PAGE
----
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Who is “black” in medical research?

BMJ 1996; 313 doi: https://doi.org/10.1136/bmj.313.7059.760 (Published 21 September 1996) Cite this as: BMJ 1996;313:760
  1. Ikechukwu Obialo Azuonye

    The United Kingdom Department of Health requires all healthcare institutions to specify the ethnic group to which inpatients belong. The minimum standard for specifying ethnic groups is the codes used by the Office of National Statistics (ONS) for the 1991 census. The confidence with which the term “black” is used in the literature might lead you to think that there is universal agreement about who is black in our world. But what are the measures of blackness?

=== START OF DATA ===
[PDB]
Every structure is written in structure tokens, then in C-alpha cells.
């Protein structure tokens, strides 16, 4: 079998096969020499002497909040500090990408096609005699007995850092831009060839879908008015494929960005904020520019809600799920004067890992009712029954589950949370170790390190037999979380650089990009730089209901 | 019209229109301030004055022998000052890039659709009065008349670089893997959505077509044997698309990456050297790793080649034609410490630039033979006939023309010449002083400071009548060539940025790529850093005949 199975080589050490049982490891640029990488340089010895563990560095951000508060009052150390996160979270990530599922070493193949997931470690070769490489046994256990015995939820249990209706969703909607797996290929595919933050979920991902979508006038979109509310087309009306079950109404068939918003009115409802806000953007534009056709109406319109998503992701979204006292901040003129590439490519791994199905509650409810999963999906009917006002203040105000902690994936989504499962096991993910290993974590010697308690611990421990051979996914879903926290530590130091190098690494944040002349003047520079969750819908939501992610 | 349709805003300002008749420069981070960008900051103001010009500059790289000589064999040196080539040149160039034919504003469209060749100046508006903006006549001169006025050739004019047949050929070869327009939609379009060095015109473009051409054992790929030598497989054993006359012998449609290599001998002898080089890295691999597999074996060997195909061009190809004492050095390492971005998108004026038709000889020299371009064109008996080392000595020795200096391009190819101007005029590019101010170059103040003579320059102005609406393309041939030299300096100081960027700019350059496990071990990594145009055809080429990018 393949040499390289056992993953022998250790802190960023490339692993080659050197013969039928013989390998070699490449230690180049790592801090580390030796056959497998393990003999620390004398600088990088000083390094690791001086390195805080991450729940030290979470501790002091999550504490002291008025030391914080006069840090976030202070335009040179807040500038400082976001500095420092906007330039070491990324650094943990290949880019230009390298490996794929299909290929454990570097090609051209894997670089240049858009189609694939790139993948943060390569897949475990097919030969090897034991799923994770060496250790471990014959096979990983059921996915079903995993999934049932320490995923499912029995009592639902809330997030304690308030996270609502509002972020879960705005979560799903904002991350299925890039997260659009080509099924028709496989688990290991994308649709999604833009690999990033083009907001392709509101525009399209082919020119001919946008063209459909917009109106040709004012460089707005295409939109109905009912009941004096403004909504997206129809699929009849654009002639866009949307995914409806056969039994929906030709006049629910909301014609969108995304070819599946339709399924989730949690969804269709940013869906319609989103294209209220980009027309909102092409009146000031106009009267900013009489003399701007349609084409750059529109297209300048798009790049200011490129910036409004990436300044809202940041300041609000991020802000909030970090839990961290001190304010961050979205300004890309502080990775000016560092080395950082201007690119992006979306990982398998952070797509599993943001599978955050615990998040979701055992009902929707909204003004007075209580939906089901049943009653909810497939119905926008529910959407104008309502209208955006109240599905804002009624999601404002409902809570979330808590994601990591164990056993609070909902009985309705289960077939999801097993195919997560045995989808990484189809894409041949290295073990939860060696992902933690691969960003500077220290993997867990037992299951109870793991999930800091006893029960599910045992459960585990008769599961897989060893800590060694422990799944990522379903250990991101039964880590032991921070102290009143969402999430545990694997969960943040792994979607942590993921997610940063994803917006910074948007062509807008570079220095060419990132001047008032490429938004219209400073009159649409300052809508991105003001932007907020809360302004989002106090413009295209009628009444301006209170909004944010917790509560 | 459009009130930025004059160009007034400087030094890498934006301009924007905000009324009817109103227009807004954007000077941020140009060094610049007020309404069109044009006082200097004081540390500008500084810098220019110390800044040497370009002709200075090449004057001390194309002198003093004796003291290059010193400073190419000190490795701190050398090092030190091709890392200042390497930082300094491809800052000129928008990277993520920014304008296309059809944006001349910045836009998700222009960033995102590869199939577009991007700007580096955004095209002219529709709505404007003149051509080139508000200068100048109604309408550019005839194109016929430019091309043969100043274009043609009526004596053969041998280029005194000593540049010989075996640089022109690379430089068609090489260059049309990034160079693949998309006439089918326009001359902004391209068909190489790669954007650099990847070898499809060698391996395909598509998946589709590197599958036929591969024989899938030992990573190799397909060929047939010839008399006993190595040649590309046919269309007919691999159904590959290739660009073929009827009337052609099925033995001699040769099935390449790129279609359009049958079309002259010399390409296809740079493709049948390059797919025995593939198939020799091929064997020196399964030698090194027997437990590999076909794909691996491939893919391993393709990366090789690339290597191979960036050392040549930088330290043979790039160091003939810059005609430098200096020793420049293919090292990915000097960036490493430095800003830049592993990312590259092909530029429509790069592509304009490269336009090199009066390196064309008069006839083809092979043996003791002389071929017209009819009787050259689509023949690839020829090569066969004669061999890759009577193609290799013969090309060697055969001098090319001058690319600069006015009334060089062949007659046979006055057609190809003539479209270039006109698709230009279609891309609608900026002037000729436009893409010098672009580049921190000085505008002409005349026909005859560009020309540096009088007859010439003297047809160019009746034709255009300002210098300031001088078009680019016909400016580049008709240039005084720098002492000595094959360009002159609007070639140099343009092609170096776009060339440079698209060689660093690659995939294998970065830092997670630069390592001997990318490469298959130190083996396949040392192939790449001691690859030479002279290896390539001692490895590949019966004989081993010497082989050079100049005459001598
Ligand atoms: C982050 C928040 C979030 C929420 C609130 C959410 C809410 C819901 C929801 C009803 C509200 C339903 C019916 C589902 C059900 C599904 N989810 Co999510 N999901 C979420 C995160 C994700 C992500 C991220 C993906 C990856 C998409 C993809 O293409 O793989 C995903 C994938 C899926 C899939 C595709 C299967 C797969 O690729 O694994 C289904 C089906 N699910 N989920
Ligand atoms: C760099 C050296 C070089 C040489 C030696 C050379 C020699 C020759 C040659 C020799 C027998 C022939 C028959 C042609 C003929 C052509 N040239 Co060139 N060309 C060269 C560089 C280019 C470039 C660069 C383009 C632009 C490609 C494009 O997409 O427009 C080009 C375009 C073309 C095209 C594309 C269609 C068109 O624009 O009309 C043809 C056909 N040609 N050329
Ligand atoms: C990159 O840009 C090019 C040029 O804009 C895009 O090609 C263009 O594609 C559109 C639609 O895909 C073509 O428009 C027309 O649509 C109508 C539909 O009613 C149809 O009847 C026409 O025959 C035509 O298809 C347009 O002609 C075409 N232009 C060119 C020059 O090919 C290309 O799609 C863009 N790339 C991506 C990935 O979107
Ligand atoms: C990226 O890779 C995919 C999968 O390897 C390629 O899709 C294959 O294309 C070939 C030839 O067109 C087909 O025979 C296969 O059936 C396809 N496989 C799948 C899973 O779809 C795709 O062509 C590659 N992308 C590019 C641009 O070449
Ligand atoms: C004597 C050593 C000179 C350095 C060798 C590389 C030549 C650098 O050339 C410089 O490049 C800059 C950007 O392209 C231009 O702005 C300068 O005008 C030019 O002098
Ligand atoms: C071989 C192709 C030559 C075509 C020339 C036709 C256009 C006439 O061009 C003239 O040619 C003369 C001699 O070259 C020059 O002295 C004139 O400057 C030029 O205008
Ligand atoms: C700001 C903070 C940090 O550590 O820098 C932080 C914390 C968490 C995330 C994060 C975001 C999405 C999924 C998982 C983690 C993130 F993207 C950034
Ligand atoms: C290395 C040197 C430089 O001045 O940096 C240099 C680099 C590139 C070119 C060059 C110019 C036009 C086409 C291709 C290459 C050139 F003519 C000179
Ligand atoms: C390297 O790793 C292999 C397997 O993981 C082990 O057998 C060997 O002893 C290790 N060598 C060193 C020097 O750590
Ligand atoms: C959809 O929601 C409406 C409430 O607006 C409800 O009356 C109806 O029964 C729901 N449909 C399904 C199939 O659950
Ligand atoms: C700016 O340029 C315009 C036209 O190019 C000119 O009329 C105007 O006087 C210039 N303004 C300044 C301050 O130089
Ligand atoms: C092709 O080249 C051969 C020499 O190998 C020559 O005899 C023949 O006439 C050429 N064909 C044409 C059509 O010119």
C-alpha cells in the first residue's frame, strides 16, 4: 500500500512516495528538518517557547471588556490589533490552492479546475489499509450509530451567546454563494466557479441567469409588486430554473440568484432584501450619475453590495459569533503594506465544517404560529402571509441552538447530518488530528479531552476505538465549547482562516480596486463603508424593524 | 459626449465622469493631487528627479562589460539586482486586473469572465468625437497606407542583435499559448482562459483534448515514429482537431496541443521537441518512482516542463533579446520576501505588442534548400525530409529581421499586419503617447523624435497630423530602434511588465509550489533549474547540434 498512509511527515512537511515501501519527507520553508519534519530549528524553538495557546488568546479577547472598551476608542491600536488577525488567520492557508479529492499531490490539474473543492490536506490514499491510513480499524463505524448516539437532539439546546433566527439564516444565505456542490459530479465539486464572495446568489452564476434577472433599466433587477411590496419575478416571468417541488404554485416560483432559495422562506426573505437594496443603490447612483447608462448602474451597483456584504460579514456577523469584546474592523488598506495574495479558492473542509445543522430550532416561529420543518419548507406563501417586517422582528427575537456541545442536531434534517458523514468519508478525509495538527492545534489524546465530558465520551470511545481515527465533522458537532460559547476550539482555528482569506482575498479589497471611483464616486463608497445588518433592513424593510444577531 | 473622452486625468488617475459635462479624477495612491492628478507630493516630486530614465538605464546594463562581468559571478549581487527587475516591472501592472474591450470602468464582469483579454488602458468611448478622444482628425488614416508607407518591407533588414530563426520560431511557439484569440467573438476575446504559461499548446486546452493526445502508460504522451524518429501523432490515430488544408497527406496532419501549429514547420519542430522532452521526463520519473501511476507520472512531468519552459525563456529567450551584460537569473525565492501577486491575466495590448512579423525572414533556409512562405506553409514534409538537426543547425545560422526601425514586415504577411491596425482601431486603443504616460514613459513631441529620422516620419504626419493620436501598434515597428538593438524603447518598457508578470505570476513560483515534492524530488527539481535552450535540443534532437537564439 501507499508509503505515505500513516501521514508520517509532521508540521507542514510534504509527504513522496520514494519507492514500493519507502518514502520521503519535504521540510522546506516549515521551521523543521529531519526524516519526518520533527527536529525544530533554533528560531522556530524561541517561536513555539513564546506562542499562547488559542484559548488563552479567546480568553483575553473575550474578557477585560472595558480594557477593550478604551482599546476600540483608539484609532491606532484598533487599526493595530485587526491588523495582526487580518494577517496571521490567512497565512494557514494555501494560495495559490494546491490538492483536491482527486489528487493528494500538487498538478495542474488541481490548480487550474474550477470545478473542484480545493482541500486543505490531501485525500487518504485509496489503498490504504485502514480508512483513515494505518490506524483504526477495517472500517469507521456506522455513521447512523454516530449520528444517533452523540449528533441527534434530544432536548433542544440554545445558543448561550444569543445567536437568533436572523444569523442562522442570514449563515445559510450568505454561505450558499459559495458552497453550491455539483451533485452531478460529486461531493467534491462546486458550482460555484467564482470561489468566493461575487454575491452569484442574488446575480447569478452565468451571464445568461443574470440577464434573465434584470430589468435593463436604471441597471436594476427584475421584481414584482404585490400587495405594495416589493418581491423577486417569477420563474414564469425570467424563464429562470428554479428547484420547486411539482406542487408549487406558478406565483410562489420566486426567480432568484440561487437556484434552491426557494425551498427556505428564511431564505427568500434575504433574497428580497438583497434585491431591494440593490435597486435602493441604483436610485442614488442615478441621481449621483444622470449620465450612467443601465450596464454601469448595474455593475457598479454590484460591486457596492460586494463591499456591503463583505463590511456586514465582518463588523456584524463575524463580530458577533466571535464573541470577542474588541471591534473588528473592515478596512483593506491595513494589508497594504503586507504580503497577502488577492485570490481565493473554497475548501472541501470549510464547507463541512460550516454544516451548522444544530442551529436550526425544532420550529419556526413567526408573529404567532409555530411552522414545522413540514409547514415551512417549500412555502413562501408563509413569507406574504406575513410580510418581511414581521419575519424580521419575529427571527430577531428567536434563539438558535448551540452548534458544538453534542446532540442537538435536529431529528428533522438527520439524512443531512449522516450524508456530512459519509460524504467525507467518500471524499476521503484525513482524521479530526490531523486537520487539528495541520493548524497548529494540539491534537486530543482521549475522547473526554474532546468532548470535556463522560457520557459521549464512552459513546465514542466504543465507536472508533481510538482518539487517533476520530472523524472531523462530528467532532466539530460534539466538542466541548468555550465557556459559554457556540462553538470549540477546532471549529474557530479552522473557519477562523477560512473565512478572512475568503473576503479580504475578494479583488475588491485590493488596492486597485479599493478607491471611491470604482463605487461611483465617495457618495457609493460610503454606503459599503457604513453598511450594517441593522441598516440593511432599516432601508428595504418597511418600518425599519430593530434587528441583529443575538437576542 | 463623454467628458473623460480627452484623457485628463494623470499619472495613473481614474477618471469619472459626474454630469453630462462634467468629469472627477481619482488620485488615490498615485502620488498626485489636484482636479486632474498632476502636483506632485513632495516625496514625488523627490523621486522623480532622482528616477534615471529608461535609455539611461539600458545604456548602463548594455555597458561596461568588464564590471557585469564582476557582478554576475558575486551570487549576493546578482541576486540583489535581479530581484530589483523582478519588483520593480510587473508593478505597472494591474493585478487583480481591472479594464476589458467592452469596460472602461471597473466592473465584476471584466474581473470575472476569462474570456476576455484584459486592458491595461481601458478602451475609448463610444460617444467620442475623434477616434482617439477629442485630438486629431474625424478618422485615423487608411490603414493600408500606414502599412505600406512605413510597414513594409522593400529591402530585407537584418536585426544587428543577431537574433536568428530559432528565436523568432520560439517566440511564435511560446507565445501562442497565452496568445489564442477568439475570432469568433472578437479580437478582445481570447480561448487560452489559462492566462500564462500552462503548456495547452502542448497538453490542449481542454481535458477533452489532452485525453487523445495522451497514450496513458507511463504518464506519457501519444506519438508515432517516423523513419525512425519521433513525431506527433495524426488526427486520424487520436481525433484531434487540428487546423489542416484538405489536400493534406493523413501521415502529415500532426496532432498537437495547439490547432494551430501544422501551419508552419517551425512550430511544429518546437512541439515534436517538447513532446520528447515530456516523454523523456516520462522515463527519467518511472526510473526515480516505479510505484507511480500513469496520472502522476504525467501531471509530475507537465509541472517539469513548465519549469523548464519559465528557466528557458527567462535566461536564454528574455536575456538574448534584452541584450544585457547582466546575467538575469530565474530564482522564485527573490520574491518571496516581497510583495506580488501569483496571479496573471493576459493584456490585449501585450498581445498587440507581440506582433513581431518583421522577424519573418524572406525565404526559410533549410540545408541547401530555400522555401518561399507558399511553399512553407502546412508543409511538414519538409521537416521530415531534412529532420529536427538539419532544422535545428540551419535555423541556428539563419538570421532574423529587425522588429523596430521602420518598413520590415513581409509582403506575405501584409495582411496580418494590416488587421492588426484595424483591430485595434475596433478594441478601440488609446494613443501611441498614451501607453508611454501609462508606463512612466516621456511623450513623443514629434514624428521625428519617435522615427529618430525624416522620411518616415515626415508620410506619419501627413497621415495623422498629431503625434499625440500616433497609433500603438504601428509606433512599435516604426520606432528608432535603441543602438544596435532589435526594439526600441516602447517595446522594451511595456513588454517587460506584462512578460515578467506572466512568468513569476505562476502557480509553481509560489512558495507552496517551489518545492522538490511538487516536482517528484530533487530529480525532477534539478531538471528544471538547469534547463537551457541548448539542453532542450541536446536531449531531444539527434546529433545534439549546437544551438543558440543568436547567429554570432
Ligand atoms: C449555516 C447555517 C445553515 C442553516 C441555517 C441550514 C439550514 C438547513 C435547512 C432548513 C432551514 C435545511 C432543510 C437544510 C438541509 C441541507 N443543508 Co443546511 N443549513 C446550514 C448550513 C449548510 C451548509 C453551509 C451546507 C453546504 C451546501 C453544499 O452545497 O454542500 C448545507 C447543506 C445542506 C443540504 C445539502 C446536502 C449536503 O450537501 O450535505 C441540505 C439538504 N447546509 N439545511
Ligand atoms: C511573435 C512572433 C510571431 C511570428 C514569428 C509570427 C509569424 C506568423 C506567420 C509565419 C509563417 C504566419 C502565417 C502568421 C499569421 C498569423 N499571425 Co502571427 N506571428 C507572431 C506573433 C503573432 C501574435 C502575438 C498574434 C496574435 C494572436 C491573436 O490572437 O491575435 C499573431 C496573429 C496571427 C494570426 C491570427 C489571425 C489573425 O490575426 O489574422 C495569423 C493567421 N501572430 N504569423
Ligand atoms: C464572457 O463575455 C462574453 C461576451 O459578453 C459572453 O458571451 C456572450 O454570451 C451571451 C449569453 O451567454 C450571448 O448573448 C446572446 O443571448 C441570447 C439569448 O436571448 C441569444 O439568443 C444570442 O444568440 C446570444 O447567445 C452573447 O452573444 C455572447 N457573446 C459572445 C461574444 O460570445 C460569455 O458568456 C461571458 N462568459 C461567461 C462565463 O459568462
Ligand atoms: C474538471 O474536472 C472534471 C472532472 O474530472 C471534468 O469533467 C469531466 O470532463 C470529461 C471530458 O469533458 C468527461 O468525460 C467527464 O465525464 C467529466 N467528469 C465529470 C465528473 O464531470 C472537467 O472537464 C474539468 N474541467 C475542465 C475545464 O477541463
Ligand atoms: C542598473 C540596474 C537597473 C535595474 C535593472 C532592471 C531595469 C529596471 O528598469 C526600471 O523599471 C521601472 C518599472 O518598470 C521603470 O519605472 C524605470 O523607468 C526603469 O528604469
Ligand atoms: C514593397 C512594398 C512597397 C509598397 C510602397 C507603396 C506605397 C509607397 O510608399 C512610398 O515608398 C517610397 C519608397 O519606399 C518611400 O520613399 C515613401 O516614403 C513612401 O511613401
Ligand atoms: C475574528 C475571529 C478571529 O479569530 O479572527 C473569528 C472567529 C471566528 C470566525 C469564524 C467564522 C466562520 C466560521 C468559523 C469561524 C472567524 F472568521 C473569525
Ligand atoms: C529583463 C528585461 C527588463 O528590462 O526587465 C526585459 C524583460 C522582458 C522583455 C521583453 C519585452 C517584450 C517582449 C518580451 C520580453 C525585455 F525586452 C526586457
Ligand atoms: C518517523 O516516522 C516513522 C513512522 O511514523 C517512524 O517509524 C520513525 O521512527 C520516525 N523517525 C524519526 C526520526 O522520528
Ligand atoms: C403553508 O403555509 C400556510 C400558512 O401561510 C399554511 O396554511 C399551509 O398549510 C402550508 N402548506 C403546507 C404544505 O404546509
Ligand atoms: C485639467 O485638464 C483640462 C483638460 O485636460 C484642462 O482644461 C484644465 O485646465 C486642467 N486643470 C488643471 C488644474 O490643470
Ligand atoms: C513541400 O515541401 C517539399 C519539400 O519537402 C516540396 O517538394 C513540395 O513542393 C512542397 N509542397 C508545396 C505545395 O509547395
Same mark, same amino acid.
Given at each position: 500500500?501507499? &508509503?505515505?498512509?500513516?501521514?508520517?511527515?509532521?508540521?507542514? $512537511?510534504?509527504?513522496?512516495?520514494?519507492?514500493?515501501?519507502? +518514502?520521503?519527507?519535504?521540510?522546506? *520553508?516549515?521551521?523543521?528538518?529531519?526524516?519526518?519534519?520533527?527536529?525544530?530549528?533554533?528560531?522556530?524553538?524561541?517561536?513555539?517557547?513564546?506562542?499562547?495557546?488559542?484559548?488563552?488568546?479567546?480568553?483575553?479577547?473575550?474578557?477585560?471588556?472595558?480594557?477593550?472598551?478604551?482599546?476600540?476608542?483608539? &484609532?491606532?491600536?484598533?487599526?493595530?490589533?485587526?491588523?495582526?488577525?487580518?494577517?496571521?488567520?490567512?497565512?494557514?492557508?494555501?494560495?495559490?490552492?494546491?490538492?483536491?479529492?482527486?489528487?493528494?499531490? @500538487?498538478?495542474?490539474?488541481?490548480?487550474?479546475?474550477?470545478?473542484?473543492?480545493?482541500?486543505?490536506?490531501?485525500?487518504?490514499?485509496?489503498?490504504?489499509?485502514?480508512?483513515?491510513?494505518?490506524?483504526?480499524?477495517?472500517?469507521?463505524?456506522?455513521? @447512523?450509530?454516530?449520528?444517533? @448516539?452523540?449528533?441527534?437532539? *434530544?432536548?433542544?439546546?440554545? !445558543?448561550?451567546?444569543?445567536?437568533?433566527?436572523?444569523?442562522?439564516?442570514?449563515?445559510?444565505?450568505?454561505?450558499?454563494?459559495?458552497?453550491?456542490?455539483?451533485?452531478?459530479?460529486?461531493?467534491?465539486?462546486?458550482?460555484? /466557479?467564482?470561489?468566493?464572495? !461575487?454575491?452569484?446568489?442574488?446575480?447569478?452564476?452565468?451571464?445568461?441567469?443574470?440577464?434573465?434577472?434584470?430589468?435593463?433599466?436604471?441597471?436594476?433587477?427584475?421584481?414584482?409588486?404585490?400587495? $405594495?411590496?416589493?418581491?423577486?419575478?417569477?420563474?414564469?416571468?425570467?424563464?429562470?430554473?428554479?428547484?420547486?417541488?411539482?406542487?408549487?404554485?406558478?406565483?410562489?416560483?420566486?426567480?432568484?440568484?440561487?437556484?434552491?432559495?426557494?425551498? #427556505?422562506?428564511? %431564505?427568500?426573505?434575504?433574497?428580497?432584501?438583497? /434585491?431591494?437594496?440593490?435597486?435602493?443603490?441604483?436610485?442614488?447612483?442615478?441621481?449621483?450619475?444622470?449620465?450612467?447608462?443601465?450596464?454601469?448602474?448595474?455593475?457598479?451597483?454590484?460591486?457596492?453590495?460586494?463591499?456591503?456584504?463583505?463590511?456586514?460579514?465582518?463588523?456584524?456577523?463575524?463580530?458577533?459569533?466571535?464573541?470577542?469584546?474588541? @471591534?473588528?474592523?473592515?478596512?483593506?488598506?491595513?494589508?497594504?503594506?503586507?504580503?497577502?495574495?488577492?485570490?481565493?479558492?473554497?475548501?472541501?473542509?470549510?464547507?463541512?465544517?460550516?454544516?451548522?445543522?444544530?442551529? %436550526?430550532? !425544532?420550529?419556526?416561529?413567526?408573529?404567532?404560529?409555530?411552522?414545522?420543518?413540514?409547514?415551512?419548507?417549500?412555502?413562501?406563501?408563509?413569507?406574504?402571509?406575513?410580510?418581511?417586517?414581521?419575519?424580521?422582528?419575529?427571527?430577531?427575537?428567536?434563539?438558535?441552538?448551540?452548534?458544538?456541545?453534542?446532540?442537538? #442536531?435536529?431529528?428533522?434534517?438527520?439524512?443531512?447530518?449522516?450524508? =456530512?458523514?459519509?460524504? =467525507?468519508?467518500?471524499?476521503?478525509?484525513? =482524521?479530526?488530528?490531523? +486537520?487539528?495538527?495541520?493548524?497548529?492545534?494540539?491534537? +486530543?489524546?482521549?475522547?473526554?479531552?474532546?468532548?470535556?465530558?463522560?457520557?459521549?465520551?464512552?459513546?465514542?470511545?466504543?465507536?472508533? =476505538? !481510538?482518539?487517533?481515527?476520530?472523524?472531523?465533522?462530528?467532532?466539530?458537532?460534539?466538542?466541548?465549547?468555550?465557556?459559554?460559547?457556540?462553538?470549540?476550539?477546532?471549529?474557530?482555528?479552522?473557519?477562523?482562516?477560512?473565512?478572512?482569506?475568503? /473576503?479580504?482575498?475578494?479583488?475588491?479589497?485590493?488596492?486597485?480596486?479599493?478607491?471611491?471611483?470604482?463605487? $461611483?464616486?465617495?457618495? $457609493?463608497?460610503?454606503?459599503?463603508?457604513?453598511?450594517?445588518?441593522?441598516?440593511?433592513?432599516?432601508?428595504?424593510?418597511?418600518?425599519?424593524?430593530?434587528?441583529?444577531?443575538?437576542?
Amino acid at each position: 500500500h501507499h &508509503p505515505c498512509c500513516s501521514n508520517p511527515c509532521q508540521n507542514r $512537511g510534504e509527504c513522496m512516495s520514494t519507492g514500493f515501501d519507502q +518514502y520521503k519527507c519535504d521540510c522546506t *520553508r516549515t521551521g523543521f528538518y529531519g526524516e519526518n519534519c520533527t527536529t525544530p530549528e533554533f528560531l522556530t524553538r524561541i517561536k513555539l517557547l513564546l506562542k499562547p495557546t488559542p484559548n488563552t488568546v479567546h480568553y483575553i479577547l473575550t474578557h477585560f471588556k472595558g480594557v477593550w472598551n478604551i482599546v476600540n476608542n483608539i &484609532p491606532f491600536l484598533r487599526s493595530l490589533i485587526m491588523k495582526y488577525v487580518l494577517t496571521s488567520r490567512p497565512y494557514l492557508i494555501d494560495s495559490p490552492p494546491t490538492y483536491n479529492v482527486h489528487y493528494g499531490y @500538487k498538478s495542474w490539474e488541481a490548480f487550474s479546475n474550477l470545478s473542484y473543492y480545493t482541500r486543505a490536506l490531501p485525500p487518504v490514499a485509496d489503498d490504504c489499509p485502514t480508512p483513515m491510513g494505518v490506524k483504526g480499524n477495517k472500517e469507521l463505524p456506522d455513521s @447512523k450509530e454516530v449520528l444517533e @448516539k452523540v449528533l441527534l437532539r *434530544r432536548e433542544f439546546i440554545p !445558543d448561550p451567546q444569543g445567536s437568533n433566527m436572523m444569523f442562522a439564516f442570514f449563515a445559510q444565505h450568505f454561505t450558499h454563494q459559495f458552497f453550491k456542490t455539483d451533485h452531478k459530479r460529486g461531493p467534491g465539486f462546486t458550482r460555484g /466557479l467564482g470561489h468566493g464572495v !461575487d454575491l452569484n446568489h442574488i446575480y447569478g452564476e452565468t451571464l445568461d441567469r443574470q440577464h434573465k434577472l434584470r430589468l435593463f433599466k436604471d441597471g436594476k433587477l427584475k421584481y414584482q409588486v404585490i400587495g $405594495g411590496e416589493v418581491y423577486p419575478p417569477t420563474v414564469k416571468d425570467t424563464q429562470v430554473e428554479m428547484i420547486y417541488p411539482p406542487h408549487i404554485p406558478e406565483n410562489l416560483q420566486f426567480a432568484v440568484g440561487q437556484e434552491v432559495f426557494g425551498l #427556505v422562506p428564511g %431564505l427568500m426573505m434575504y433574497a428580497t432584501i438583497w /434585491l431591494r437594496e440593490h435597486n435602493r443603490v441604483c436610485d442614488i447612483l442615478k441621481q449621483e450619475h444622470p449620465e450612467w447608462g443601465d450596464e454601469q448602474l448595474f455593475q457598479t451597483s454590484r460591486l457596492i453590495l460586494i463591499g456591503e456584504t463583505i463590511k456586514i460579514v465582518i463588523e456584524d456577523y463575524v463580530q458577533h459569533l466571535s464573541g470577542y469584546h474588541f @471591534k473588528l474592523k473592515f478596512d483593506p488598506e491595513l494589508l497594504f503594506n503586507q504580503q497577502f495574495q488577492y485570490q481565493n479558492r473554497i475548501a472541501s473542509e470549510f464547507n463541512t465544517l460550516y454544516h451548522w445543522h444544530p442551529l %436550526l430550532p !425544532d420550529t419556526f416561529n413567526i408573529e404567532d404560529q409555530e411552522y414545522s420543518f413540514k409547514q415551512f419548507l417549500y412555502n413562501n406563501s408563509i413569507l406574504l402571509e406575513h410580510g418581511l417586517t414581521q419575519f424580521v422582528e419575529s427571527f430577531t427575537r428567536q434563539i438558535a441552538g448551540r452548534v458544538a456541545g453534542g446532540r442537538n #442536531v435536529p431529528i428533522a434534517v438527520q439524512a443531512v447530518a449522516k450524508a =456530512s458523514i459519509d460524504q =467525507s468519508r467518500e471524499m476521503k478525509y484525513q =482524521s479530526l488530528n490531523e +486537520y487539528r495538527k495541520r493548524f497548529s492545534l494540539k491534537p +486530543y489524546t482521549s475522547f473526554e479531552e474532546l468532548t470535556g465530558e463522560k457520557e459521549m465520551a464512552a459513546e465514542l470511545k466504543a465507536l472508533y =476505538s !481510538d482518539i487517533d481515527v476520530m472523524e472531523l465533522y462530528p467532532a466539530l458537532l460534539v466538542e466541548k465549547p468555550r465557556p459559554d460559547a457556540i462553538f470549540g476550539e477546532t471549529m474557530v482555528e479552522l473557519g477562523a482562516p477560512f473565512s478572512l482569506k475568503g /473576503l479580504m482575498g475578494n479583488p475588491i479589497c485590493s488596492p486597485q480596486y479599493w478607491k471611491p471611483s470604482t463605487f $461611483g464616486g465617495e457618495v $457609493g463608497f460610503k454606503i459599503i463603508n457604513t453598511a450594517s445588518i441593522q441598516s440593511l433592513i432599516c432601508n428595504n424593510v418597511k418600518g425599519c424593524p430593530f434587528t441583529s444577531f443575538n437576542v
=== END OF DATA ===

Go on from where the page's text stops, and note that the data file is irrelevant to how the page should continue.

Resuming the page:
There is firstly the political measure. The Europeans who took Africans into slavery during a 200 year period beginning in the 17th century found it expedient to attribute all sorts of negative characteristics to them to justify enslaving their fellow human beings. The Europeans saw themselves as superior, good, and deserving everything (“white”), and the Africans as inferior, bad, and deserving nothing (“black”).

    Whiteness and blackness were therefore invented, as G Lipsitz said, “as relevant categories in American life largely because of realities created by slavery and segregation. A fictive identity of ‘whiteness’ appeared in law as an abstraction, and it became actualised in everyday life in many ways…. [We …

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